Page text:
Bank of America

One of the most prominent and problematic offenders in the anti-second amendment movement on Wall Street is the Bank of America (BOA). BOA has accumulated a long history of using its heft to attack the law-abiding citizens owning firearms and the companies manufacturing those weapons.

2018 Blacklist

As early at 2018 Bank of America was adopting policies debanking firearms manufacturers. The leading shooting sports foundation in the country outlined BOA’s plans to target the firearms manufacturing industry.[1]

“The National Shooting Sports Foundation’s Director of Government Relations, Darren LaSorte, … outlined a disturbing trend where some major financial companies are, by policy, unwilling to provide services to firearms-related companies. Bank of America, he said, declared in 2018 it was adopting a policy of not doing business with any company associated with modern sporting rifles (or nearly every firearms maker in America).”

In April of 2018 BOA confirmed its blacklist, announcing,[2]

“Bank of America will stop lending money to gun manufacturers that make military-inspired firearms for civilian use, such as the AR-15-style rifles that have been used in multiple mass shootings, a company executive said. The policy is the latest example of Wall Street wading into the divisive gun control debate after Citigroup’s announcement last month that it would require business customers to restrict certain types of firearms sales.”

The Vice Chairwoman of the bank doubled down saying, “We want to contribute in any way we can to reduce these mass shootings.” Reporting noted that Anne M. Finucane, vice chairwoman at the Bank of America, told Bloomberg TV the bank works with ‘just a handful of manufacturers,’ with whom it has had ‘intense conversations over the last few months,’ Ms. Finucane said. Their reactions to the new policy have been ‘mixed,’ she said.”[3]

BOA’s targeting of black rifles (generally the definition of “military inspired” rifles) had a knock-on effect attracting other financial services companies to the fight against firearms manufacturers.[4]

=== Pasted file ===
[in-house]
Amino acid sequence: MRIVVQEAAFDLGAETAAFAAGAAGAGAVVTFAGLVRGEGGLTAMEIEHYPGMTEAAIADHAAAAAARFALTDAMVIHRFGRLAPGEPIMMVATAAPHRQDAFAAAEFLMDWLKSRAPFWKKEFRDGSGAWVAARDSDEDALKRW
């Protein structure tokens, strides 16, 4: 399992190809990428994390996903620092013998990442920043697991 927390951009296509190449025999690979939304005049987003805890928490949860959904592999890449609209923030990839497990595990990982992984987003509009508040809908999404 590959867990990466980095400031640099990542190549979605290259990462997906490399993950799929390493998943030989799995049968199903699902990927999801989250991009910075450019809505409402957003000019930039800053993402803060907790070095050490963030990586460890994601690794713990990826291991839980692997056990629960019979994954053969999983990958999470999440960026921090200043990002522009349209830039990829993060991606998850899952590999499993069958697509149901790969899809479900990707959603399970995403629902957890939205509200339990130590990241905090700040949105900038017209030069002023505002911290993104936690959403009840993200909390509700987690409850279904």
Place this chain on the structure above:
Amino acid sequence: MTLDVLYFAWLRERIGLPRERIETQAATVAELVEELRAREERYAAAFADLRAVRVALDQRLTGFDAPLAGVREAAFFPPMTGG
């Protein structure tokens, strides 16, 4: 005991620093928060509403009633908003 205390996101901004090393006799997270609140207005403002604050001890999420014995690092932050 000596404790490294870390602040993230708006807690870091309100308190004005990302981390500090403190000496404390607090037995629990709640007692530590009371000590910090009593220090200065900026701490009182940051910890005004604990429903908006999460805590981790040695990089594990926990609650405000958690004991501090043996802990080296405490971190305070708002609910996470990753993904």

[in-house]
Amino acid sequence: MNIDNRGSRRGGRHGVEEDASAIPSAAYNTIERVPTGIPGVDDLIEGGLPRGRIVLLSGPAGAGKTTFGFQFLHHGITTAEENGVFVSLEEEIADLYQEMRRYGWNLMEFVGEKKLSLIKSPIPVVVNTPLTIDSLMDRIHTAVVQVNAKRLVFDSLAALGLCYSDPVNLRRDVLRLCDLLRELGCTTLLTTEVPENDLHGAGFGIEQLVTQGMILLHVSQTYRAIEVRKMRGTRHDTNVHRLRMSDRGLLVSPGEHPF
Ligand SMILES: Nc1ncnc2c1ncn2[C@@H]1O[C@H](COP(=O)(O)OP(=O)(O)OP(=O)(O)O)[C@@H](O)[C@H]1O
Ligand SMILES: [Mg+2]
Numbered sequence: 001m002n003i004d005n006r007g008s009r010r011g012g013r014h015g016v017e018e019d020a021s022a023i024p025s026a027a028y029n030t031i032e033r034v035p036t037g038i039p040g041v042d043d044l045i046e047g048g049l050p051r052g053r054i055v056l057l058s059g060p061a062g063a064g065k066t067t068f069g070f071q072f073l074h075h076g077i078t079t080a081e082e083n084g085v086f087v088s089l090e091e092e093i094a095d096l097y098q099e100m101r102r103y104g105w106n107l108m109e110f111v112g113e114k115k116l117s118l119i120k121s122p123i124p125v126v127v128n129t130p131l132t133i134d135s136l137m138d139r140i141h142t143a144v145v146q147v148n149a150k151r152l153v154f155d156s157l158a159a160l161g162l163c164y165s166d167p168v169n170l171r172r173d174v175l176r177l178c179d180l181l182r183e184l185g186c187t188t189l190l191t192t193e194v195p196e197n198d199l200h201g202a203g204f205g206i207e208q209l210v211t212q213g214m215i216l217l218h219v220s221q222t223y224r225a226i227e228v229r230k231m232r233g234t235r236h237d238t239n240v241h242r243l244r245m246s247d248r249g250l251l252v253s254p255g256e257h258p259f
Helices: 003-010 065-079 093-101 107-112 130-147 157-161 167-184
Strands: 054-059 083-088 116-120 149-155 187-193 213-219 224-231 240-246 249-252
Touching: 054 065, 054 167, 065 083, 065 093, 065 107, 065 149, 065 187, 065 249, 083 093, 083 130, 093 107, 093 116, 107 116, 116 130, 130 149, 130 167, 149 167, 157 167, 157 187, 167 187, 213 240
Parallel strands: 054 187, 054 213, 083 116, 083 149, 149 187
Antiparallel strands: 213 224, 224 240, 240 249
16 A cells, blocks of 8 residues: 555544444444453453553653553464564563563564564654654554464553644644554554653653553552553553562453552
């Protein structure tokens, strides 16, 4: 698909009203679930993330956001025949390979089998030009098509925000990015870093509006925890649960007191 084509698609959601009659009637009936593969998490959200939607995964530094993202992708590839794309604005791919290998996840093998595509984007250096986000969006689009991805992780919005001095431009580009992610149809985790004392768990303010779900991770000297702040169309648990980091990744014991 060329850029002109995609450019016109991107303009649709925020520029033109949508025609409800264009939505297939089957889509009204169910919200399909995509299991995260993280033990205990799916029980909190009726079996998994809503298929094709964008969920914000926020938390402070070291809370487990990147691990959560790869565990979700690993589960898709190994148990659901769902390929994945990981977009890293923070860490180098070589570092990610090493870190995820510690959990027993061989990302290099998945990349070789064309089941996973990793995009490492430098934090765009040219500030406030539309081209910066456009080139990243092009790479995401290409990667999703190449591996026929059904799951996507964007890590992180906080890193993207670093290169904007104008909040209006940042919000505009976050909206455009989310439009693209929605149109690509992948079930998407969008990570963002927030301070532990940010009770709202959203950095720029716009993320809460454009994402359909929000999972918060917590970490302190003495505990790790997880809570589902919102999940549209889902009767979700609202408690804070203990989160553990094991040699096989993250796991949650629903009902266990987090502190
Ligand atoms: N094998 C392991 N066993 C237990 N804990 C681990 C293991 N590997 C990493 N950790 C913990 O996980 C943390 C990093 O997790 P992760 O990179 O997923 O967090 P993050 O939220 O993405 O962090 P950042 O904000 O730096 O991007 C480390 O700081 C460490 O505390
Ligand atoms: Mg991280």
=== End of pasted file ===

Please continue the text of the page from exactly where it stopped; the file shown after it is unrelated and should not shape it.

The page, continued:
“That same year, Citigroup said it wouldn’t provide services to retailers that legally sold firearms to people ages 18-20 or sold standard capacity magazines. J.P. Morgan later adopted Bank of America’s policies, while PayPal went as far as saying makers of gunpowder were non gratis.”

BOA’s behavior did not escape the attention of lawmakers though:[5]

“In Texas, JPMorgan Chase & Co, Bank of America and Goldman Sachs have been sidelined from the municipal bond market due to laws passed last year barring firms that ‘boycott’ energy companies or ‘discriminate’ against the firearms industry from doing new business with the state.”

Despite Texas’ push back against BOA and other banks, by cutting off their access to the Texas bond market, reporting indicates that BOA continues to debank lawful firearms manufacturers. In May 2023, Ruger indicated they were still in BOA’s cross hairs:[6]

“Christopher Killoy said in Ruger’s first-quarter earnings news release that ‘we have been notified twice in the past five years by two of the nation’s largest banks, Bank of America and Wells Fargo, that they would not provide us with any credit because of the lawful products that we design, manufacture and sell.”

Intuit Scandal

In addition to using their own heft in the marketplace, BOA was pressuring its business partners to cut off access to banking services for firearms related companies. In 2023 Senator Cruz’s office became aware of anti-firearm policies from the manufacturer of the popular accounting software Quickbooks, Intuit. In a letter to Ituit, Sen. Cruz wrote, ‘My office became aware of these discriminatory policies when Dawson Precision, a Texas company that manufactures small firearm parts, informed my office that Intuit had, without warning, canceled its subscription to QuickBooks payroll services.’ ‘Dawson Precision only discovered what had happened after it submitted payroll…Intuit later said that it canceled Dawson Precision’s account because, as a firearm manufacturer, it was in violation of Intuit’s acceptable use policy,’ Cruz added.”[7]

Cruz’s oversight revealed that Intuit had adopted an acceptable use policy previously listing ‘Guns And Firearm Manufacturing’ as one of the business types prohibited from using payroll services. Intuit also listed ‘firearms and weapons sales’ as a business type prohibited from using payment processing services.

Intuit relented though lifting its prohibitions on payroll and payment processing for gun manufacturers and firearm sellers Aug. 1, following Cruz’s investigation of the company.[8]

[1] Ken Perrottefor, Op-Ed, “Hunting Community Must Respond To Restrictive Legislative Efforts,” The Free LanceStar [Fredericksburg, VA], 12/30/21




[3] Ibid


[4] Ibid


[5] How Republican-Led States Are Targeting Wall Street With ‘Anti-Woke’ Laws,” Newstex Blogs International Business Times News, 7/6/22